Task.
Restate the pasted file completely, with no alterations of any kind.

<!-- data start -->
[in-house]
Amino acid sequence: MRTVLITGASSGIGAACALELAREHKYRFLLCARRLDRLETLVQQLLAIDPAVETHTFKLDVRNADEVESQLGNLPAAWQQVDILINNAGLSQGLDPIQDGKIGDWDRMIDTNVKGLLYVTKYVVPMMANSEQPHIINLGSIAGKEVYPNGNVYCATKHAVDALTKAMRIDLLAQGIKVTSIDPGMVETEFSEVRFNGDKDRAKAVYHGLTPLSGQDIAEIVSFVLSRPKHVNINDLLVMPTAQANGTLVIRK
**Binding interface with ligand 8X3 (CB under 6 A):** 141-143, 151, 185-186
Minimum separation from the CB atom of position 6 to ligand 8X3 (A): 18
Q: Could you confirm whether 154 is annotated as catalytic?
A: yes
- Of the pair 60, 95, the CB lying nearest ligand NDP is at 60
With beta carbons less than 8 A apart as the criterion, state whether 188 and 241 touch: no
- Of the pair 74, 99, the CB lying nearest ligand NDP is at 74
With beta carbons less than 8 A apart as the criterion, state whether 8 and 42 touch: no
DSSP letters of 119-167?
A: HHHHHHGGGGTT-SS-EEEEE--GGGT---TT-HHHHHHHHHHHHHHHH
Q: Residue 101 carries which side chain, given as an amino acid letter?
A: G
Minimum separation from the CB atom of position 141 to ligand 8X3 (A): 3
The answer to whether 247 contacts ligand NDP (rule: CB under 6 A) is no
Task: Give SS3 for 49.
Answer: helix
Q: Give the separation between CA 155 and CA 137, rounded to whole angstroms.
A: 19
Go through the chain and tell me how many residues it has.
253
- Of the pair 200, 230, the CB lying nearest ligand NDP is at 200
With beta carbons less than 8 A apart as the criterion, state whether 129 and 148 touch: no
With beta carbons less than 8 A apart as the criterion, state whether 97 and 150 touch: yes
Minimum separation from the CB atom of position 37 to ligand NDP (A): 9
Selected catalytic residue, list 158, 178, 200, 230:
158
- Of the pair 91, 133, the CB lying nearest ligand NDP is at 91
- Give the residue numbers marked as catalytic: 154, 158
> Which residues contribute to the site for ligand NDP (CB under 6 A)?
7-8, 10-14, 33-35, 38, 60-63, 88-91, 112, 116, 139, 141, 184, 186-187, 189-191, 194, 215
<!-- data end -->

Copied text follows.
[in-house]
Amino acid sequence: MRTVLITGASSGIGAACALELAREHKYRFLLCARRLDRLETLVQQLLAIDPAVETHTFKLDVRNADEVESQLGNLPAAWQQVDILINNAGLSQGLDPIQDGKIGDWDRMIDTNVKGLLYVTKYVVPMMANSEQPHIINLGSIAGKEVYPNGNVYCATKHAVDALTKAMRIDLLAQGIKVTSIDPGMVETEFSEVRFNGDKDRAKAVYHGLTPLSGQDIAEIVSFVLSRPKHVNINDLLVMPTAQANGTLVIRK
**Binding interface with ligand 8X3 (CB under 6 A):** 141-143, 151, 185-186
Minimum separation from the CB atom of position 6 to ligand 8X3 (A): 18
Q: Could you confirm whether 154 is annotated as catalytic?
A: yes
- Of the pair 60, 95, the CB lying nearest ligand NDP is at 60
With beta carbons less than 8 A apart as the criterion, state whether 188 and 241 touch: no
- Of the pair 74, 99, the CB lying nearest ligand NDP is at 74
With beta carbons less than 8 A apart as the criterion, state whether 8 and 42 touch: no
DSSP letters of 119-167?
A: HHHHHHGGGGTT-SS-EEEEE--GGGT---TT-HHHHHHHHHHHHHHHH
Q: Residue 101 carries which side chain, given as an amino acid letter?
A: G
Minimum separation from the CB atom of position 141 to ligand 8X3 (A): 3
The answer to whether 247 contacts ligand NDP (rule: CB under 6 A) is no
Task: Give SS3 for 49.
Answer: helix
Q: Give the separation between CA 155 and CA 137, rounded to whole angstroms.
A: 19
Go through the chain and tell me how many residues it has.
253
- Of the pair 200, 230, the CB lying nearest ligand NDP is at 200
With beta carbons less than 8 A apart as the criterion, state whether 129 and 148 touch: no
With beta carbons less than 8 A apart as the criterion, state whether 97 and 150 touch: yes
Minimum separation from the CB atom of position 37 to ligand NDP (A): 9
Selected catalytic residue, list 158, 178, 200, 230:
158
- Of the pair 91, 133, the CB lying nearest ligand NDP is at 91
- Give the residue numbers marked as catalytic: 154, 158
> Which residues contribute to the site for ligand NDP (CB under 6 A)?
7-8, 10-14, 33-35, 38, 60-63, 88-91, 112, 116, 139, 141, 184, 186-187, 189-191, 194, 215